Use this URL to cite or link to this record in EThOS: http://ethos.bl.uk/OrderDetails.do?uin=uk.bl.ethos.610934
Title: The international macroeconomic trilemma emerging economies
Author: Barwah, Mahama
Awarding Body: University of Surrey
Current Institution: University of Surrey
Date of Award: 2013
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Abstract:
The concept of the trilemma has occupied an unassailable place in international macroeconomics ever since the work of Mundell (1960), Mundcll (1962) and Fleming (1962). In its simplest form, the concept posits the difficulty an economy with a fixed exchange rate face.') in setting its own interest rates, in an environment of an open capital account. Hence, the term "impossible trinity', which is also used in the literature. To what extent is this assertion valid? Given that endeavours to operate some kind of fixed exchange rate regime have eventually resulted in economic and financial disaster to varying degrees; could the trade-off inherent in the trilemma be the culprit? Empirical tests of the trilemma have, however, yielded results that are not overwhelmingly conclusive. Our aim is to make a contribution to the debate on the relevance of the trilemma, and its relationship with economic performance, by studying a group of emerging market economies. In the first study we employ both pooled data and individual country regressions to test the trilemma. The pooled data results find strong evidence that lends credence to the trilemma, whilst the individual country regressions produce moderate. support. Both approaches also find some propensity for the "fear of floating" to exist. In the second study, we first model international macroeconomic arrangements using a system of trilemma archetypes, and then ascertain their relationship with macroeconomic performance, as well as reserves. The results obtained indicate some statistically significant correlation between trilemma archetypes and macroeconomic performance and reserves. The third study, which is an overview of trilemma policies and their effects in the BRIC economies, confirm the trilemma principle to a significant degree, with the exception of a few instances, where the concept is seen not to hold, at least, in the short run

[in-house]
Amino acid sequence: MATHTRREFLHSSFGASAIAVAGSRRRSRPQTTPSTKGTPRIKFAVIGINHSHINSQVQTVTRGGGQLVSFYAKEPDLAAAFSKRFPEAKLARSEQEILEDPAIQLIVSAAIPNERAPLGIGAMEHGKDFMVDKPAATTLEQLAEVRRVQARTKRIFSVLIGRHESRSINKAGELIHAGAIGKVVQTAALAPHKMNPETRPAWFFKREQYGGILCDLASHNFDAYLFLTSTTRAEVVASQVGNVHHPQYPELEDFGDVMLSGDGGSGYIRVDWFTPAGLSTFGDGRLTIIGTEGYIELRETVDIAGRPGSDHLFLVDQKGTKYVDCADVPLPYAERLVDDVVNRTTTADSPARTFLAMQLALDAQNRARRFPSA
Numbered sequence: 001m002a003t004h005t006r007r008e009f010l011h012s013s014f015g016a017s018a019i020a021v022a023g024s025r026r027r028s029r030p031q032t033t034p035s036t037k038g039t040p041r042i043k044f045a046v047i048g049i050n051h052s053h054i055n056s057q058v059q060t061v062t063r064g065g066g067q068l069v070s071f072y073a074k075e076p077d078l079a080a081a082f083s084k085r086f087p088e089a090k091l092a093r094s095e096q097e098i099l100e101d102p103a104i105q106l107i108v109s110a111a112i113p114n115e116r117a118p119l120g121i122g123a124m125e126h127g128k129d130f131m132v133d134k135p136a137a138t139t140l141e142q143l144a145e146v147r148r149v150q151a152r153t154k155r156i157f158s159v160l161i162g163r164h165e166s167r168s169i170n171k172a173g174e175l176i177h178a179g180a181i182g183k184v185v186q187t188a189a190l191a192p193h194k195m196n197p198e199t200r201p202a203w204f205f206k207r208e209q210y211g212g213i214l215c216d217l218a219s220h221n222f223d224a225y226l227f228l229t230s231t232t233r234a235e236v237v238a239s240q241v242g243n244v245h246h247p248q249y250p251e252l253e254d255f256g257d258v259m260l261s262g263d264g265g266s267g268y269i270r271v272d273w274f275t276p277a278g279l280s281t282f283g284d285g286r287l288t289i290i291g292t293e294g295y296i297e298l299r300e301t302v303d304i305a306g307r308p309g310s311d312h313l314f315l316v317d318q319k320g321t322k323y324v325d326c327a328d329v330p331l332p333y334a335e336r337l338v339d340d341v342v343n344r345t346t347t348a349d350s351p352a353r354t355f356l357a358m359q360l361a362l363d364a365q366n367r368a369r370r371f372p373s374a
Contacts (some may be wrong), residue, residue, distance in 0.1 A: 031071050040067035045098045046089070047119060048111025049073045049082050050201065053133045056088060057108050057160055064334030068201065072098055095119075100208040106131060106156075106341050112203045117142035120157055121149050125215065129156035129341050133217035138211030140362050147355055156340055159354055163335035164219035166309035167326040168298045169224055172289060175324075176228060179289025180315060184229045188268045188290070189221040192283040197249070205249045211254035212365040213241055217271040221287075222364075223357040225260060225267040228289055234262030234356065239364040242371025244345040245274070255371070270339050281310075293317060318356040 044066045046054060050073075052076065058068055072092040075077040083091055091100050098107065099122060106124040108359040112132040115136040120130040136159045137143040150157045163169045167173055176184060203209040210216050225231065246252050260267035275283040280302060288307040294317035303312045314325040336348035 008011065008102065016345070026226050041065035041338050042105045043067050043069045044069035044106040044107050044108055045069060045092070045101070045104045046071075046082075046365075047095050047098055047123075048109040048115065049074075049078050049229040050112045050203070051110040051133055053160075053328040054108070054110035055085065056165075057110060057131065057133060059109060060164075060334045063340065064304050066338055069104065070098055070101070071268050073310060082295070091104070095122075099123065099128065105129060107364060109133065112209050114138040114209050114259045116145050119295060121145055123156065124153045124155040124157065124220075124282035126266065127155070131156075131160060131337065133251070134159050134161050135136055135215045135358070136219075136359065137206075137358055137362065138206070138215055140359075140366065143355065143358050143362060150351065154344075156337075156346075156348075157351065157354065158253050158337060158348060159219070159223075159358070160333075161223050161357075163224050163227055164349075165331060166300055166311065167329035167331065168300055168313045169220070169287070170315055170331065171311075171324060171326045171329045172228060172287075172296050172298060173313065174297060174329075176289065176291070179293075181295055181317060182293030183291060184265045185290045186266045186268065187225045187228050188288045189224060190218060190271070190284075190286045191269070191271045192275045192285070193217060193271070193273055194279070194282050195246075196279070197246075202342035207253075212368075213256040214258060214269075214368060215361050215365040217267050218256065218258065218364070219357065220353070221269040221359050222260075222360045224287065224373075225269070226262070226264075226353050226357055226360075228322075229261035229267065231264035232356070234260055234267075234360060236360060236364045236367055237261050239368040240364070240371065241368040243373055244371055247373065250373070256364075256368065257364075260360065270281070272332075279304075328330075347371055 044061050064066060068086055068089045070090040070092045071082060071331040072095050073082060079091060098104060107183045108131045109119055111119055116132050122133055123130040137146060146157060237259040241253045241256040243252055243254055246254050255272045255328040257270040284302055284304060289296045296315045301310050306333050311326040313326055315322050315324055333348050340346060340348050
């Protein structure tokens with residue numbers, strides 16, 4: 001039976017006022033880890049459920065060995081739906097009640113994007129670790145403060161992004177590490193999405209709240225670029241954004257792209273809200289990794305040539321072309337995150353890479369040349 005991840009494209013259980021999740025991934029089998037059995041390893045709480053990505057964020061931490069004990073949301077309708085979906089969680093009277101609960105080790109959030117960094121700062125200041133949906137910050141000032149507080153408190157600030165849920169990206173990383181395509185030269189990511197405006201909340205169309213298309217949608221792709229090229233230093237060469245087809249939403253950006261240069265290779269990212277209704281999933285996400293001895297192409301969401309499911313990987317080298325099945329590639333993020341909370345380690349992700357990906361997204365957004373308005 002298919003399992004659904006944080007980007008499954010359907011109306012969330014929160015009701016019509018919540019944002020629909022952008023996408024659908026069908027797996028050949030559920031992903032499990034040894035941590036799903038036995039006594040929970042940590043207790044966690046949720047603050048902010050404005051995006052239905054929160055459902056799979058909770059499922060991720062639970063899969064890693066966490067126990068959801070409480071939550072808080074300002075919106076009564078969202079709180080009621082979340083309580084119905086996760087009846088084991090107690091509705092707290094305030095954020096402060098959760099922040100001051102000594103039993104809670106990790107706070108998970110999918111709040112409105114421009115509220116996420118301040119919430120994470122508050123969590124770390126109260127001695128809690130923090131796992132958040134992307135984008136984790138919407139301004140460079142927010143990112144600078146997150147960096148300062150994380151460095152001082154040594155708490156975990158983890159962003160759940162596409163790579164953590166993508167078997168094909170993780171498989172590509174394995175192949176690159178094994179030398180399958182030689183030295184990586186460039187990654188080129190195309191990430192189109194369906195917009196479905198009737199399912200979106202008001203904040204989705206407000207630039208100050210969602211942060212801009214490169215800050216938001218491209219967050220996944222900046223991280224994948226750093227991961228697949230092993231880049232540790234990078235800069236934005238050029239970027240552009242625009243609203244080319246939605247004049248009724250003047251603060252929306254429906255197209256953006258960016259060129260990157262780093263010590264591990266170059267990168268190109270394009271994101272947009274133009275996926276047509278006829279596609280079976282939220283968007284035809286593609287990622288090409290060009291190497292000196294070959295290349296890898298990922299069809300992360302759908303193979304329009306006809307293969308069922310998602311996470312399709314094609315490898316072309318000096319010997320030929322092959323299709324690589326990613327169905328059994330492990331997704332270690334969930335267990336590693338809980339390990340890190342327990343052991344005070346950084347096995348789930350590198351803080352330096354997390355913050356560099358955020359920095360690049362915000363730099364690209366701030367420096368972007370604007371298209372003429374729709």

Supervisor: Not available Sponsor: Not available
Qualification Name: Thesis (Ph.D.) Qualification Level: Doctoral
EThOS ID: uk.bl.ethos.610934  DOI: Not available
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